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Well, it had to happen one day… not on the morning of a wedding I might add! I jumped into Peabody and set up the controls as I normally do for a cold start and I pressed the starter button. She turned over as usual but she didn’t fire!

Ok, keep calm, what to do next? I tried a few times whilst aware that you only get around 20 starts before the battery starts to dial the number for St. Peter. I whipped off the distributor cap and checked the rotor-arm and a couple of the spark plugs and their HT leads to the distributor. Tried again but no joy.

I have a check list of things to try when the car ‘fails to proceed’ written for occasions such as this. I prepared myself to go home and good read and come back later with the necessary tools.

Prior to leaving, I opened the bonnet (RHS) and had a good look around inside the engine bay. My garage is quite dark inside so I rely on a small wind-up torch to inspect in those nooks and crannies. After checking everything I could think of, I noticed that one of the low-tension wires from the coil to the ballast resistor was a little bit wiggly. Perhaps during driving, it had worked loose. With a quick tightening of a knurled knob I jumped back in the driving seat and voila, she started immediately I pressed the starter button.

From the Rolls-Royce Handbook:
“A ballast resistance is connected in series with the low-tension winding of the coil. Its function is to limit the current taken by the coil at slow speed, or if the ignition switch be accidentally left on while the engine is stopped. It also secures practical equality of intensity of secondary spark at all speeds.”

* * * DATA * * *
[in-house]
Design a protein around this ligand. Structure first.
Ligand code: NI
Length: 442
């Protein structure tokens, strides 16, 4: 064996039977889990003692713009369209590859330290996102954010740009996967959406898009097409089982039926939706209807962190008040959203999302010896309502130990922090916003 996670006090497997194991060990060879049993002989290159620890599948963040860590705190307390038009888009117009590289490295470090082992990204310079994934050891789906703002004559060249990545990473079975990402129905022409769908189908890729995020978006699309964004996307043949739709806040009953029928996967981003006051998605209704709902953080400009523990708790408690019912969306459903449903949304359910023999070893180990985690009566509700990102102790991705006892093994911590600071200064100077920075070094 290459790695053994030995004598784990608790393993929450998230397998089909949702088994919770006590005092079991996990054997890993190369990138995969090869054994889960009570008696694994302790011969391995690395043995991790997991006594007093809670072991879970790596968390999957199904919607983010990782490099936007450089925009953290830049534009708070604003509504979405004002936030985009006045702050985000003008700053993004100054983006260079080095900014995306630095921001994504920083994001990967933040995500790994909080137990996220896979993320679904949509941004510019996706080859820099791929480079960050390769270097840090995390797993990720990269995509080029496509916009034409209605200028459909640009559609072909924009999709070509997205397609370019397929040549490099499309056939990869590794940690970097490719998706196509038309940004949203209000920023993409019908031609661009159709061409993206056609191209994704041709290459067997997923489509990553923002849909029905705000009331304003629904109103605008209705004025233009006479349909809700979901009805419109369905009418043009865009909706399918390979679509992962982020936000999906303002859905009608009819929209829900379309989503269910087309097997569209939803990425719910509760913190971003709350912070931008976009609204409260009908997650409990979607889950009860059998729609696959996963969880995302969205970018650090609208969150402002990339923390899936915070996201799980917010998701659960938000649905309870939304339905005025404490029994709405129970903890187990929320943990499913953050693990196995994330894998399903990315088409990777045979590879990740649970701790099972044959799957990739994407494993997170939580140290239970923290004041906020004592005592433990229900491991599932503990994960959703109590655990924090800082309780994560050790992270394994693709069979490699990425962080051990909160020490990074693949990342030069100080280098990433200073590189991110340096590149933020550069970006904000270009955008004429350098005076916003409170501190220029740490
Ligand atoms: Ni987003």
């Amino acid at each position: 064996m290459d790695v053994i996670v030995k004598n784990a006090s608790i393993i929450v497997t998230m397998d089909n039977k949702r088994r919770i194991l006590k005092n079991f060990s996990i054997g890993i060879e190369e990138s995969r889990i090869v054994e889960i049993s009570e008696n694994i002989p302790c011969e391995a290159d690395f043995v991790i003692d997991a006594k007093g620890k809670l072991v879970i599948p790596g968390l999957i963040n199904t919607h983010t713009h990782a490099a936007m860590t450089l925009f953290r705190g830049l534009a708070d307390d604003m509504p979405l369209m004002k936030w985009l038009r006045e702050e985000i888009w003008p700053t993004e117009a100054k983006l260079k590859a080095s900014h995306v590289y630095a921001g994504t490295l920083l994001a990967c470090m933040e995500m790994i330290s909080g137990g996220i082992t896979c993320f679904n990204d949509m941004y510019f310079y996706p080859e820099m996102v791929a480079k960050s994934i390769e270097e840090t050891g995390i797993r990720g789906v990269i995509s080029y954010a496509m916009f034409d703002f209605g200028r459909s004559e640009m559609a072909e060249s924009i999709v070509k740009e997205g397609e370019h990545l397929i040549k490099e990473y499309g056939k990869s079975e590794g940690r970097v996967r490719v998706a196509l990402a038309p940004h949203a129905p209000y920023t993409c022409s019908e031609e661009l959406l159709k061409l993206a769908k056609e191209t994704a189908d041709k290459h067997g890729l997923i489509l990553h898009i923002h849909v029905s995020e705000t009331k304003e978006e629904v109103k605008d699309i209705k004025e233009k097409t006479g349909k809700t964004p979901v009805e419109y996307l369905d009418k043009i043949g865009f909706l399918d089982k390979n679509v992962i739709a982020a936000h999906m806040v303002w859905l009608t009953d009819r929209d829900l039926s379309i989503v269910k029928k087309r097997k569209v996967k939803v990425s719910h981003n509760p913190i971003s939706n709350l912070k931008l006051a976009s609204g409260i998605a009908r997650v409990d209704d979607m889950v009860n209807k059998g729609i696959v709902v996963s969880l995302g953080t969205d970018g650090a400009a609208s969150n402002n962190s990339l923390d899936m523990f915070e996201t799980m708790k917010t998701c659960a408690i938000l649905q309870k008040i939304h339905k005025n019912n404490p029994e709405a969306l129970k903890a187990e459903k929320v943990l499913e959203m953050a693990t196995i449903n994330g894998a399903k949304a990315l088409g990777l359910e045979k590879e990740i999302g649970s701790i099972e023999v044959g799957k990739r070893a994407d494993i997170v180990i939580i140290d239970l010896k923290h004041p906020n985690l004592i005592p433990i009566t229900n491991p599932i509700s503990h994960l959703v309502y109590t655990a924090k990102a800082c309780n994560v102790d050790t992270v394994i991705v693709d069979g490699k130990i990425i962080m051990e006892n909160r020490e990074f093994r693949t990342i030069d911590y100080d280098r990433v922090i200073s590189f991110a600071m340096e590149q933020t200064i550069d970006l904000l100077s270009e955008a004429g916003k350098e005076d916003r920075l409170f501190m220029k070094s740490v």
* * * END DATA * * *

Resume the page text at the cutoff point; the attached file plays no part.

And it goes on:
5.5 volt coil, low tension and ballast resistor Rolls-Royce 20-25

The original 5.5 volt coil, low tension wire and ballast resistor Rolls-Royce 20-25

I took Peabody out for a nice long drive to charge the battery and afterwards, put her back in her garage safe and sound.

When presented with a challenge such as this, my advice is stay calm, don’t kill the battery by simply trying again and again. Take time out to look for obvious problems such as a loose wire, a burnt rotor or damp electricals. Then, after a considered plan of action, take the necessary steps to try to diagnose the fault.

Then if she still doesn’t go, call the RAC. 🙂